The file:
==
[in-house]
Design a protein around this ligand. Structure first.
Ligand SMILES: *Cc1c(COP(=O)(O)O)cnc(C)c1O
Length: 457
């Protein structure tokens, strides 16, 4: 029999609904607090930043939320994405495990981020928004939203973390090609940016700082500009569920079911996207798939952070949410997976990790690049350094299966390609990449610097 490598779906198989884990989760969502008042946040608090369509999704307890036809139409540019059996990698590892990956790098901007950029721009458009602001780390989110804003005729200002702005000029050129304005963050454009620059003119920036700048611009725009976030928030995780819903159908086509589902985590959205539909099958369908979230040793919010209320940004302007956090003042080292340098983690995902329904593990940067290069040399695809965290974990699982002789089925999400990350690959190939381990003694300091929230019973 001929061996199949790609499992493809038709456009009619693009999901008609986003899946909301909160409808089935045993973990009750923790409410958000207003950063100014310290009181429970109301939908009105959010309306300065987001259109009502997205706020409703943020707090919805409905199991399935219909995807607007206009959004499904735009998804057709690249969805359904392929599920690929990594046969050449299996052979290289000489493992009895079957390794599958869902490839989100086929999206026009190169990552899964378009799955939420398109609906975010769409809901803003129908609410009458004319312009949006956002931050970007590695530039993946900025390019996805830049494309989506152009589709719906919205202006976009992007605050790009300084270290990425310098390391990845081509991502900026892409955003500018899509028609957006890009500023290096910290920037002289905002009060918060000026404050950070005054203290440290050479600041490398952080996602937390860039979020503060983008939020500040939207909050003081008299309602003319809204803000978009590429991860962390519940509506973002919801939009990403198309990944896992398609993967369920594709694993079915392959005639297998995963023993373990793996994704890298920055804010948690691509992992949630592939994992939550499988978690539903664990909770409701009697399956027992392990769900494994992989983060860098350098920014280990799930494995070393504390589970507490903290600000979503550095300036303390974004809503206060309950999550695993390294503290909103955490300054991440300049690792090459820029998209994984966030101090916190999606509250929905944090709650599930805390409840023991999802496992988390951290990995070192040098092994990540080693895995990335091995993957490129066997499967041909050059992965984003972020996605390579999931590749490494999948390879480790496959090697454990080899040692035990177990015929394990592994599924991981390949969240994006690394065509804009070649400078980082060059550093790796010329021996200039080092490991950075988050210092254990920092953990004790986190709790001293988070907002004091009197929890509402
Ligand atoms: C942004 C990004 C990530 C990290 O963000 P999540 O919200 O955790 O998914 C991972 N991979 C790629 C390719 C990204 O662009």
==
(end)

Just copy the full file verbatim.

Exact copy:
[in-house]
Design a protein around this ligand. Structure first.
Ligand SMILES: *Cc1c(COP(=O)(O)O)cnc(C)c1O
Length: 457
């Protein structure tokens, strides 16, 4: 029999609904607090930043939320994405495990981020928004939203973390090609940016700082500009569920079911996207798939952070949410997976990790690049350094299966390609990449610097 490598779906198989884990989760969502008042946040608090369509999704307890036809139409540019059996990698590892990956790098901007950029721009458009602001780390989110804003005729200002702005000029050129304005963050454009620059003119920036700048611009725009976030928030995780819903159908086509589902985590959205539909099958369908979230040793919010209320940004302007956090003042080292340098983690995902329904593990940067290069040399695809965290974990699982002789089925999400990350690959190939381990003694300091929230019973 001929061996199949790609499992493809038709456009009619693009999901008609986003899946909301909160409808089935045993973990009750923790409410958000207003950063100014310290009181429970109301939908009105959010309306300065987001259109009502997205706020409703943020707090919805409905199991399935219909995807607007206009959004499904735009998804057709690249969805359904392929599920690929990594046969050449299996052979290289000489493992009895079957390794599958869902490839989100086929999206026009190169990552899964378009799955939420398109609906975010769409809901803003129908609410009458004319312009949006956002931050970007590695530039993946900025390019996805830049494309989506152009589709719906919205202006976009992007605050790009300084270290990425310098390391990845081509991502900026892409955003500018899509028609957006890009500023290096910290920037002289905002009060918060000026404050950070005054203290440290050479600041490398952080996602937390860039979020503060983008939020500040939207909050003081008299309602003319809204803000978009590429991860962390519940509506973002919801939009990403198309990944896992398609993967369920594709694993079915392959005639297998995963023993373990793996994704890298920055804010948690691509992992949630592939994992939550499988978690539903664990909770409701009697399956027992392990769900494994992989983060860098350098920014280990799930494995070393504390589970507490903290600000979503550095300036303390974004809503206060309950999550695993390294503290909103955490300054991440300049690792090459820029998209994984966030101090916190999606509250929905944090709650599930805390409840023991999802496992988390951290990995070192040098092994990540080693895995990335091995993957490129066997499967041909050059992965984003972020996605390579999931590749490494999948390879480790496959090697454990080899040692035990177990015929394990592994599924991981390949969240994006690394065509804009070649400078980082060059550093790796010329021996200039080092490991950075988050210092254990920092953990004790986190709790001293988070907002004091009197929890509402
Ligand atoms: C942004 C990004 C990530 C990290 O963000 P999540 O919200 O955790 O998914 C991972 N991979 C790629 C390719 C990204 O662009």